Yerevan Experts Not Opposed to Turning Ministry of Foreign Affairs Building into Hotel
"Of course a cultural center in [Yerevan's] Republic Square would be desirable, but if we [have to] make a choice between a hotel and a state department, then, without a doubt, it would be better for there to be a hotel instead of the Ministry of Foreign Affairs — on the condition that the exterior architectural appearance of the building is preserved," said Ruben Babayan, the artistic director of the Yerevan State Puppet Theatre named after Hovhannes Tumanyan, meeting with journalists today and expressing his views on turning the foreign ministry building into a hotel.
Recall, according to a government decision Thursday, the No. 2 Goverment Building in the city of Yerevan, which houses the Ministry of Foreign Affairs, was sold to Tango CJSC, which belongs to wealthy Argentian-Armenian businessman Eduardo Eurnekian. The building, which reportedly will house a five-star hotel, was sold for the equivalent of $51 million 271 thousand USD.
Samvel Karapetyan, head of the Yerevan branch of the NGO Research on Armenian Architecture, is for the most part also not opposed to another hotel in Yerevan's central square, citing as an example the Golden Tulip Hotel, which was sold to Italian entrepreneurs, who, despite conducting other renovations, didn't touch the exterior architectural appearance of the building.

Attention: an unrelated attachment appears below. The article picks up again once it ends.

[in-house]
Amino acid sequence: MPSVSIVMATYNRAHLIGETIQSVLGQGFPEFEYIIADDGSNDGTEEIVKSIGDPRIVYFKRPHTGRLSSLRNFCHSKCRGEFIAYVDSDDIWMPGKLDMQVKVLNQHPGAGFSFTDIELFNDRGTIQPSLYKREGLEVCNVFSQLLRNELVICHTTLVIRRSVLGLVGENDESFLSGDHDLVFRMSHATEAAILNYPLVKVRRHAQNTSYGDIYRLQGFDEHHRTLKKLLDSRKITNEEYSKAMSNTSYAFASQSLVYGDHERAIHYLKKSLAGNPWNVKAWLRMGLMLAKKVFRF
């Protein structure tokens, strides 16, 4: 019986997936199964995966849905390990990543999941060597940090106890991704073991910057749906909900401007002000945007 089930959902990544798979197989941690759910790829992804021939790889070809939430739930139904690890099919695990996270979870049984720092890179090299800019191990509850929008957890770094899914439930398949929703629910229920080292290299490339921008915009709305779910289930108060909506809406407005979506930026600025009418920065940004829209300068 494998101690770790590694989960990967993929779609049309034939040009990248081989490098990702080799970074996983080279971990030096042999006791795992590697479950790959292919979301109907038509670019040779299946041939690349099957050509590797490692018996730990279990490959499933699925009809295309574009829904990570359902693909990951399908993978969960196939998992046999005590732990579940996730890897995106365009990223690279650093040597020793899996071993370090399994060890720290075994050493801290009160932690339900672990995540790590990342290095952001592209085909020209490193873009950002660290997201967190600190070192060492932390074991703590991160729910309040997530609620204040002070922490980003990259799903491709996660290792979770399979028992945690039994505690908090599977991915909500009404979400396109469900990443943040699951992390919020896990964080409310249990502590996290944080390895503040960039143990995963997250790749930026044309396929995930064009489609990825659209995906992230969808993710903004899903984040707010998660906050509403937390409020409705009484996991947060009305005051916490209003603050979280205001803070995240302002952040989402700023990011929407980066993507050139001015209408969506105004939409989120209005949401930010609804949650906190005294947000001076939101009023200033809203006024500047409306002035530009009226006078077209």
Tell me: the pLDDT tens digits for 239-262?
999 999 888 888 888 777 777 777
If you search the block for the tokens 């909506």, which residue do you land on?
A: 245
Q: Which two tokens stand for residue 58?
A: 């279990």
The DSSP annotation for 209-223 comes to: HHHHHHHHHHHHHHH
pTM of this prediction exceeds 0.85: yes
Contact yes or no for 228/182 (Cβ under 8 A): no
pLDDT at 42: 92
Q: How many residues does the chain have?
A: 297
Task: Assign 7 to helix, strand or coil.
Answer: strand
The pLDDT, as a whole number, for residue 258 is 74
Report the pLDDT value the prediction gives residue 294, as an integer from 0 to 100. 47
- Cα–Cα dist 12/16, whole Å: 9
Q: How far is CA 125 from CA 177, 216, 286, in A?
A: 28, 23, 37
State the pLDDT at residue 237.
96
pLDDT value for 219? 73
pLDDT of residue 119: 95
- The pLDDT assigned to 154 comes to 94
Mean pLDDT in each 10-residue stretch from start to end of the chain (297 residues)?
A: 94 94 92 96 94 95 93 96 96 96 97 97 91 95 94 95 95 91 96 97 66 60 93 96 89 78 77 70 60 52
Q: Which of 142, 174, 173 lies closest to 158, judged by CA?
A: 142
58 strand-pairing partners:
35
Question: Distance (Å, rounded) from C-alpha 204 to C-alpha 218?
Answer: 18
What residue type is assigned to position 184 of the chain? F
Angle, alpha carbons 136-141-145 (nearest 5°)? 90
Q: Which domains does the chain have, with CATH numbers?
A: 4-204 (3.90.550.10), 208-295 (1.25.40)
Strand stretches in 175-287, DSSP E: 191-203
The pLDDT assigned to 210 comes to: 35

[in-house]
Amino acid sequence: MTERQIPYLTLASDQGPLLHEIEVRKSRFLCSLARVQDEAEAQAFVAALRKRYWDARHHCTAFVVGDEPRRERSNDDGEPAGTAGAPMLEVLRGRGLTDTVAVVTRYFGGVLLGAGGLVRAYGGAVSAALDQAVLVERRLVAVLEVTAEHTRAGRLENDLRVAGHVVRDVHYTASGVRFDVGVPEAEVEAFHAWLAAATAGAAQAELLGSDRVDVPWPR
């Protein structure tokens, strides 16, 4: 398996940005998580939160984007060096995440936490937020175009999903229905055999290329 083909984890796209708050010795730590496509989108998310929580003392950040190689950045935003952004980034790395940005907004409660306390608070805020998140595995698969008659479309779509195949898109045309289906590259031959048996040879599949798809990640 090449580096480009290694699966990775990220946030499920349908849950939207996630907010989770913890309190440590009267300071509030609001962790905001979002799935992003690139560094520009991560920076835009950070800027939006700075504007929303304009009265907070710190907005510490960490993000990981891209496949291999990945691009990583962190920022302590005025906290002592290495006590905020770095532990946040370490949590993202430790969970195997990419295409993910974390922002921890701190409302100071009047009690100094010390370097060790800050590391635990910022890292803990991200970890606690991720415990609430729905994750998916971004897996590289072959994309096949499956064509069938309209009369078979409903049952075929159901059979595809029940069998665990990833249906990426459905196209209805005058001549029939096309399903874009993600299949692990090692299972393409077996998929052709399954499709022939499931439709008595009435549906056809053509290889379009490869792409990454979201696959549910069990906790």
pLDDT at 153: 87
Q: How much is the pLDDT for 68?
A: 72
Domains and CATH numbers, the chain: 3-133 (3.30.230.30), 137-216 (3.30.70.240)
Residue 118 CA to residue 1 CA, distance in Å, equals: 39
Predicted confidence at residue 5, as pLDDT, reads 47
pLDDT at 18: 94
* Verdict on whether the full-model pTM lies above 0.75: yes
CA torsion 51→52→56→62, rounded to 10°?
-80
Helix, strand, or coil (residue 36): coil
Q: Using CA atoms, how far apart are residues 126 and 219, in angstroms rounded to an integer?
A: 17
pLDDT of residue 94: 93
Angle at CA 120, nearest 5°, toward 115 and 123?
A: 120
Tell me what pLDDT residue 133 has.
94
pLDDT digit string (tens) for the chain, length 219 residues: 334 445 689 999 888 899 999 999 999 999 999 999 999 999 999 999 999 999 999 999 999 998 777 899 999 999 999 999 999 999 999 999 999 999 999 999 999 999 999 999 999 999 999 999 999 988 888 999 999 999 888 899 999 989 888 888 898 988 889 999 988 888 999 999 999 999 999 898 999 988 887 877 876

"There's only one small area of concern," Karapetyan cautioned. "To what extent does it define the image of our country, our capital city, its center if half or even more of the buildings at its heart, Republic Square, are to be hotels and not centers of culture?"
Babayan added: "I'm happier that a private individual is coming to take ownership of that building — I no longer trust the state in these matters. We saw what a state official who had the vote of the people did with the Pak Shuka [the covered marketplace on Mashtots Ave. having historical and cultural significance]."
Babayan also noted that in many developed countries, the state departments located in the city center are removed from there. Courthouses are turned into theaters; ministry buildings, into libraries. "Regarding the role of the building, it plays no historical role as, for example, the White House, and even [Yerevan architect Alexander] Tamamyan didn't decide that the Ministry of Foreign Affairs had to be there."